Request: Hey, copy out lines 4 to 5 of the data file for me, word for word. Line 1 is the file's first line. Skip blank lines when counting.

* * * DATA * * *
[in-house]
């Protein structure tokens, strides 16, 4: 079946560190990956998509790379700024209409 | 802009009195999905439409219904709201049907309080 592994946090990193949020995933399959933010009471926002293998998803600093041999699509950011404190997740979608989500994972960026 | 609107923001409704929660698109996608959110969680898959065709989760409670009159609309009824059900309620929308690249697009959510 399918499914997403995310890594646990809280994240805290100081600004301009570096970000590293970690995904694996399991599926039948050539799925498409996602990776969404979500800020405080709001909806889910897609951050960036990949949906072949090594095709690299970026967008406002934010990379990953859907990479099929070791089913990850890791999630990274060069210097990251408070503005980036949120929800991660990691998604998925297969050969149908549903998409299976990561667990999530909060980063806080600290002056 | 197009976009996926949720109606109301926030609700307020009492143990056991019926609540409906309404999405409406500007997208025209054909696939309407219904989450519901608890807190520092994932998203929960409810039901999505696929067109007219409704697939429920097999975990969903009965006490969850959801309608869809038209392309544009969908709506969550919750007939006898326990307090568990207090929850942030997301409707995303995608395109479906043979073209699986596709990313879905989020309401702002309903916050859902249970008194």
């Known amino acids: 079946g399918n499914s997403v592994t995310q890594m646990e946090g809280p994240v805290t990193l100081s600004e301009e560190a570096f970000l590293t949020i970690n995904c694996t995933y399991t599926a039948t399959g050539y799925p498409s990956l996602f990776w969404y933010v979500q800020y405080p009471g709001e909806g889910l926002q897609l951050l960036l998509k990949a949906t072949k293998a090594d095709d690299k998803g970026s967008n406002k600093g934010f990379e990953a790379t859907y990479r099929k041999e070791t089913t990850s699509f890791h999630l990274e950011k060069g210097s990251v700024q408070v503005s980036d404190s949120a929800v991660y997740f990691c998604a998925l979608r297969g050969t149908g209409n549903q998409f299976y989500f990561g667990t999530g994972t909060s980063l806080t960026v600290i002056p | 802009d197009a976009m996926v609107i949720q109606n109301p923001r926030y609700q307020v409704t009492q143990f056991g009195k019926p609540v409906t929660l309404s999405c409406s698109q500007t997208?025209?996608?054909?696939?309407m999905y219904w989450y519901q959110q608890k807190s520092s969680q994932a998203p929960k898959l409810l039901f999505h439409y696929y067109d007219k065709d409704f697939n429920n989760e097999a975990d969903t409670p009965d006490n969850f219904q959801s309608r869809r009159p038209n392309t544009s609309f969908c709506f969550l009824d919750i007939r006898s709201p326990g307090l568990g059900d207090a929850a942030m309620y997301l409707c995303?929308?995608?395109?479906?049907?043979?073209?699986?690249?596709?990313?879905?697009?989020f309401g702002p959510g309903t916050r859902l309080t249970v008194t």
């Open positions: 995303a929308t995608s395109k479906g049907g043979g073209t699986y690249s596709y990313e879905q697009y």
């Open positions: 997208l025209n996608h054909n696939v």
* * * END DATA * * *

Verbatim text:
């Open positions: 995303a929308t995608s395109k479906g049907g043979g073209t699986y690249s596709y990313e879905q697009y």
């Open positions: 997208l025209n996608h054909n696939v």